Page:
Dave Wood

Dave Wood: Wood Working

Six weeks ago the Beautiful Wife put the pedal to the metal and drove us 5,000 miles across the country on a serious experiment. Basically we were headed for our vacation spot in Sarasota, Florida, and planned to visit friends and relatives along the way and back. 

But B.W. always has something up her sleeve. She’d been reading about the appearance of Air B&Bs across the country and thus argued: “My Mom always baked a potato when she made meatloaf, killed two birds with one stone. Why don't we conduct an experiment to discover the pluses and minuses of so-called Air B&Bs versus simple motels on our way to Indianapolis and Montgomery?”

And so it was that we first stopped in the home of Indy 500 to find our first B&B, called Canal 9, a huge restored building near downtown in the warehouse district. There were no signs, nothing to tell us we had arrived. Finally we asked a passerby where Canal 9 was located. 

“You’re right next to it,” came the reply. 

Warehouse district

We parked the car, made it to the reception room and asked a receptionist how to find our accommodations. “I'm not a receptionist. I just live here and like to study in this room. There is no receptionist; this is an apartment building.” 

She showed us how to operate the elevator and we made it to the third floor and our apartment. Very, very nice. Newly redone kitchen with fancy appliances and enough pots and pans to fend off the Germans from entering Stalingrad. Then a living room, a bedroom, a dressing room(!) followed by a modern shower. All very chic and well-located in this restored warehouse district in walking distance from downtown and near the still standing factory, where the famous roaring ’20s sport car, the Stutz Bearcat was fabricated. 

On the first floor of Canal was a tea room for light snacks, a swimming pool and a workout center.

We were impressed and enjoyed our two-day stay at $130 per day.

We wondered what wondrous accommodations would be offered in Montgomery, a beautiful old southern town and first capital of the Confederacy. We would be in a beautiful neighborhood called Cloverdale dotted with post bellum mini mansions, Huntington college and smack dab near an area called Zelda after the wife of F. Scott Fitzgerald, and a home where the two lovebirds nested. 

Our B&B was called “Carraway Cottage,” after the character in “The Great Gatsby.” To our surprise we were greeted by our host, who lived in the mansion out front.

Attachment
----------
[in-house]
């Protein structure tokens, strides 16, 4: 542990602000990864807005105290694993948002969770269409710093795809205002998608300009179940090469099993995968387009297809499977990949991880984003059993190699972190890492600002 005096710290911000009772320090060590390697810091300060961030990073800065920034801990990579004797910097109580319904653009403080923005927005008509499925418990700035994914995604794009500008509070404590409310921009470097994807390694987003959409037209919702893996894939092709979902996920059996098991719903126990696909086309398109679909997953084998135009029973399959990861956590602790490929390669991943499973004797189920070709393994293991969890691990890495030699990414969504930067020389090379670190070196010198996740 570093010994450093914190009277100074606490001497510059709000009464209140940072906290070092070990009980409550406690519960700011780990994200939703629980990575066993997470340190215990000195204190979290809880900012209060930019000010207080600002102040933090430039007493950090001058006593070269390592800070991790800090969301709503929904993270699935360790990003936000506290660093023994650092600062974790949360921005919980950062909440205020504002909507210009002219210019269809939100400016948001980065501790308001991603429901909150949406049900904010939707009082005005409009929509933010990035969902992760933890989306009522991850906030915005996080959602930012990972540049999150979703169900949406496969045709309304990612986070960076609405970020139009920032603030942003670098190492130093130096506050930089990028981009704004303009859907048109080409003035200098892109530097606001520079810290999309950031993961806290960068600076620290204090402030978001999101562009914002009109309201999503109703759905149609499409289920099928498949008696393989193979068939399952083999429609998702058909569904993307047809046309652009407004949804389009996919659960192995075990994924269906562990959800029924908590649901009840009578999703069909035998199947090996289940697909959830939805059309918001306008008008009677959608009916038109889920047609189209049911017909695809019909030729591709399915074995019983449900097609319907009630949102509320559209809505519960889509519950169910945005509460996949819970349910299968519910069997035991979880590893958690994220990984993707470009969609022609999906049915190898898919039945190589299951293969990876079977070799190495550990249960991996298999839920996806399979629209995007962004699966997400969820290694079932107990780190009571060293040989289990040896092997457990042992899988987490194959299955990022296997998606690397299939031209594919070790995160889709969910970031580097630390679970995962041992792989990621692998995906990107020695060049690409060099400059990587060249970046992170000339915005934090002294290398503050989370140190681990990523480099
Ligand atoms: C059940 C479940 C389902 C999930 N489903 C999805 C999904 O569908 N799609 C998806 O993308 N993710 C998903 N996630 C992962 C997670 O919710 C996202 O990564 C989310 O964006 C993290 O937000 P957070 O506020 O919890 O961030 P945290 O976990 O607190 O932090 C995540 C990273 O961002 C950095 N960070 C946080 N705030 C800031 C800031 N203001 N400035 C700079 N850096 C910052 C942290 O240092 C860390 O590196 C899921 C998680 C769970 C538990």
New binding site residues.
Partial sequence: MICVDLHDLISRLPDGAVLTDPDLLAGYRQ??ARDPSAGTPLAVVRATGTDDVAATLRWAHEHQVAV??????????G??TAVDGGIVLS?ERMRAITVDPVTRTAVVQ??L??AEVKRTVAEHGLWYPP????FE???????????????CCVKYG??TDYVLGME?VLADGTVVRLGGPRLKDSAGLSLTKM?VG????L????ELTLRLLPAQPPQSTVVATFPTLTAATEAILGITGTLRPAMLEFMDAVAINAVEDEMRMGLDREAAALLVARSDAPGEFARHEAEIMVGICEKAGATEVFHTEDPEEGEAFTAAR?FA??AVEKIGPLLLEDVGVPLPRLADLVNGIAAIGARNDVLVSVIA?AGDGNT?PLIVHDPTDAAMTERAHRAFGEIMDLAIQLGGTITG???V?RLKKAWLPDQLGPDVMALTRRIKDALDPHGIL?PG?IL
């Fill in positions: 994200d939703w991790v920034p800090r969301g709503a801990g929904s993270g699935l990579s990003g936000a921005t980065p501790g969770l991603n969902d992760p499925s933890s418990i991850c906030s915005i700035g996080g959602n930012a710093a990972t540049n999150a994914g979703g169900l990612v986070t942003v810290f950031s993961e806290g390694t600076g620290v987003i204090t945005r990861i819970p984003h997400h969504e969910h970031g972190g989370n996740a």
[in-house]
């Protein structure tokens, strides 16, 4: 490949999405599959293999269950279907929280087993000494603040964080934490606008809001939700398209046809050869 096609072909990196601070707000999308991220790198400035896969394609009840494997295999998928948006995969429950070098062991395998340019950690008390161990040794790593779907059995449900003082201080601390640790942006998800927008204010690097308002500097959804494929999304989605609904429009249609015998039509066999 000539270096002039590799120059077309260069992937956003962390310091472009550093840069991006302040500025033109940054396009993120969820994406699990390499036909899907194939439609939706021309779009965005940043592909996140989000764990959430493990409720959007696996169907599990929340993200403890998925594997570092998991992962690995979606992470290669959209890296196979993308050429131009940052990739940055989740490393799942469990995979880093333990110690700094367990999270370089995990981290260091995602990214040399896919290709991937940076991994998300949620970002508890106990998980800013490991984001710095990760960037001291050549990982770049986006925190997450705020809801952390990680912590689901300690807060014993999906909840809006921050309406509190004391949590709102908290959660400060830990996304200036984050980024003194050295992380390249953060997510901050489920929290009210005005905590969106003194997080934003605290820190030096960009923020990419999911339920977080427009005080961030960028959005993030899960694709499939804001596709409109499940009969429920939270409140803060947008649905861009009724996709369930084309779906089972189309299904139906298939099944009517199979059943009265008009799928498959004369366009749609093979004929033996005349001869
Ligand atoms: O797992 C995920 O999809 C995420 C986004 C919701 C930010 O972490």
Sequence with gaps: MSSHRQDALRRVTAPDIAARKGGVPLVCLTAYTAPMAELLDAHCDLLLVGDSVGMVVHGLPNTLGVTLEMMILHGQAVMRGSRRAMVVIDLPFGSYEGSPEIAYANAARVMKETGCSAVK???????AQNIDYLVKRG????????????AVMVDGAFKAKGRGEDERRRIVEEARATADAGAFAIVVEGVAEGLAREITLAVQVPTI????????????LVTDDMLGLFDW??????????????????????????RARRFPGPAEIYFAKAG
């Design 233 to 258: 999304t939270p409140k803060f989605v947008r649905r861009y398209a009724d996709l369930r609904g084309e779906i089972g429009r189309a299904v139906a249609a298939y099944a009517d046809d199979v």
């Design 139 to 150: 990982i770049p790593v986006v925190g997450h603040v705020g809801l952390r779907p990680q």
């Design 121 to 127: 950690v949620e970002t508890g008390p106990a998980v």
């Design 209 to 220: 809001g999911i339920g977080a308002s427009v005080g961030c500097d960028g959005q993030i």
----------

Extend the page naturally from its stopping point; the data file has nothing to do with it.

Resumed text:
It was a white stucco cottage that our host explained had once been servant's quarters and later had been converted to a roomy garage. Now it was ours for five days. 


We tripped over a cracked cobblestone walk on the way in. First there was a huge living room, which might have very well housed the previous owner's Stutz Bearcat. It was sparsely furnished and featured a fireplace with a candle perched on its grate, a long couch and an easy chair. Next to it was a kitchen stocked with a supply of ramen noodles and adequate utensils, an older fridge and a troublesome-looking gas stove. And there was a bedroom, in which a tiny closet had been made into a tiny bathroom. Immediately we realized that the bed would be a problem. It wasn't a single and it wasn't a double, but something in between.

Our host left, assuring us the dogs didn't bite, just barked a lot.

We sat on the long sofa and said to each other, “Hey, we're Scott and Zelda! We can have fun anywhere. Let's find a pool downtown and jump into it.” But on sober reflection, we looked about to find: 

  • No television set (we were staying five days and the Sweet Sixteen was on. Go Zags!)

  • The gas stove had no pilot light and smoke stains indicated that do-it-yourself burner lighters had failed on several previous occasions

  • No frying pan. (And we were led to believe that southerners fried everything they ate!)

  • No bed suitable to sleep two people. 

(Ruth went to the Big House as the little dogs nipped at her shapely heels and asked two questions: “Is there a TV set?” “Is there another way that two people can sleep here?” and received these answers:

1.“No.” (That meant no Sweet Sixteen, so I found a history of the Southern Baptist Church on a bookshelf and dug in)

2.“One of you can sleep on the couch in the living room (Subsequent trips to the Big House to beg for a blanket was to no avail because our host and hostess left for a long weekend vacation and did not respond to Ruth’s tweets.)

So we muddled through, purloining a frying pan from our sister-in-law's 104-year-old mother's pantry. 

On the return trip, we reserved a Holiday Inn Express in Montgomery, which for a few bucks less than the $110 a day B&B, served fresh fruit, juice, great coffee, yogurt, cereal, pancakes, answered all our questions, supplied bed space for four and lots of blankets — and TV.

So our advice is to ask lots and lots of questions when you book an Air B&B. LOTS! Like “Should we bring our own bedding and cookware?”

(1) comment

Pauly Cudd

Sounds like fun!

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